- Start with the man of the hour, Derick Brassard. Notched a career-high five points (two goals and three assists) to help the Rangers get a much-needed win after the disaster that was Sunday's matinee in Ottawa. Brassard hasn't had the best of years, and I think he knows that as well as anyone. He's been a relatively consistent source of offense for the Rangers and has been getting a little better as we've gotten deeper into the season. Playing that well without Rick Nash is good to see, too.
- The Rangers had a pretty bad first period and then bounced back nicely. They were slightly behind in raw corsi (I'm sure the final half of the third had something to do with that), but were even in scoring chances and high-danger chances. Buffalo isn't very good, so this isn't exactly something to be thrilled about, but it's better than losing.
- Dylan McIlrath, the guy who can't get into the lineup unless there's a major injury or Vigneault finds a reason to sit Dan Boyle, had another spectacular game. Imagine what his career arc would be looking like right now if he was actually given a chance to develop consistently this year? You know, instead of sitting. Had an assist that is currently his goal (I still think the NHL will change it to Miller's goal, eventually) and had himself a great overall game. He led the Rangers (tied with Keith Yandle) with a +9 shot differential. Why isn't he playing every night again? Crickets, because Vigneault won't answer the question (if it's even be asked).
- That fourth line sure is ...something. Daniel Paille led the way in worst-corsi again (-9), followed by Tanner Glass (-8) and Dominic Moore (-7). Marc Staal and Dan Girardi, by the way, came in right with them. Girardi's corsi was the highest of the group at 33% for, but he still was -8 in shot differential. I'm not sure the evidence can be looking the Rangers in the face any harder.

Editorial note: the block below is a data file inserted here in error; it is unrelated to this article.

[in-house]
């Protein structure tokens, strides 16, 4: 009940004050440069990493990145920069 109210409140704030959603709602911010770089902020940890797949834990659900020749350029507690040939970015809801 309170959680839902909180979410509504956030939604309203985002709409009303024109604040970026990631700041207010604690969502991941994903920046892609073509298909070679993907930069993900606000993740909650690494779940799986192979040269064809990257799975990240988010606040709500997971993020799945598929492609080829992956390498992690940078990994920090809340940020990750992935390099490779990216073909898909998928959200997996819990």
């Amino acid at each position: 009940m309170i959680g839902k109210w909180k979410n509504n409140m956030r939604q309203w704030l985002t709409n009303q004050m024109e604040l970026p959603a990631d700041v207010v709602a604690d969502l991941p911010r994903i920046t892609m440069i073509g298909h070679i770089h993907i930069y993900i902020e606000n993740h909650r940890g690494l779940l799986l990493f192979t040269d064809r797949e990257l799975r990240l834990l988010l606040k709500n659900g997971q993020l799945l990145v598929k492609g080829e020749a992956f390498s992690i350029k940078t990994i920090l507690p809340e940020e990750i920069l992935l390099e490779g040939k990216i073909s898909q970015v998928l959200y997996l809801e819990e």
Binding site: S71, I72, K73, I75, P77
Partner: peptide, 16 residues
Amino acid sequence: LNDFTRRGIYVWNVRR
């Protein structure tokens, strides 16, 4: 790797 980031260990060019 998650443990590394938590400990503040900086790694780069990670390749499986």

- After the game Alain Vigneault talked about how teams have to play their top players and their top players have to be their best. A reminder that being paid like a top player doesn't make someone an actual top player.
- That sure doesn't stop Vigneault from using the fourth line like it's 2014, though. After a goal for or against? They're out there. The Rangers just got their lunch handed to them a few shifts in a row? That line goes out there. Paille and Glass put up those horrendous numbers with 66% offensive zone starts, by the way. So they're taking starts away from more skilled players and still drowning with the life jacket anyway.
AV said he liked how Rangers responded after Sabres tied game at 3 "after Hank (Lundqvist) had been just average."— Andrew Gross (@AGrossRecord) January 26, 2016
- Maybe he's only talking about the first goal against (which Lundqvist absolutely has to have) but either way I think it's an unnecessary comment. Especially with the fourth line and two of his top defenseman drowning. We've talked about this lack of accountability before, but at some point Vigneault needs to explain what his thinking really is.
- J.T. Miller continues to blossom. Scored a goal (or maybe two) and played a really good overall game for the Rangers. Even when the team was struggling in the first period he was noticeable in a good way. Now that Vigneault has removed the shackles from his feet when he makes mistakes, Miller seems far more eager to get involved and try to make things happen. Which he's had success with.
- Zuccarello scored a beautiful goal off an even prettier feed by Derek Stepan (who has quietly put up six points in six games) for a big goal to really push the game out of reach. Then, in his continued wisdom and kindness, Zuccarello gave us potentially the greatest gif of all time:
Extended director's cut edition pic.twitter.com/9M7scITKQV— Ryan Ohanesian (@ryanohan) January 26, 2016
Live in it. Love it.
- The Rangers will have some questions to answer coming out of the break. There's no doubt Vigneault will, at the very least, give McIlrath another game at the expense of Boyle, even though others should be sitting. Still, try to be positive heading into the break.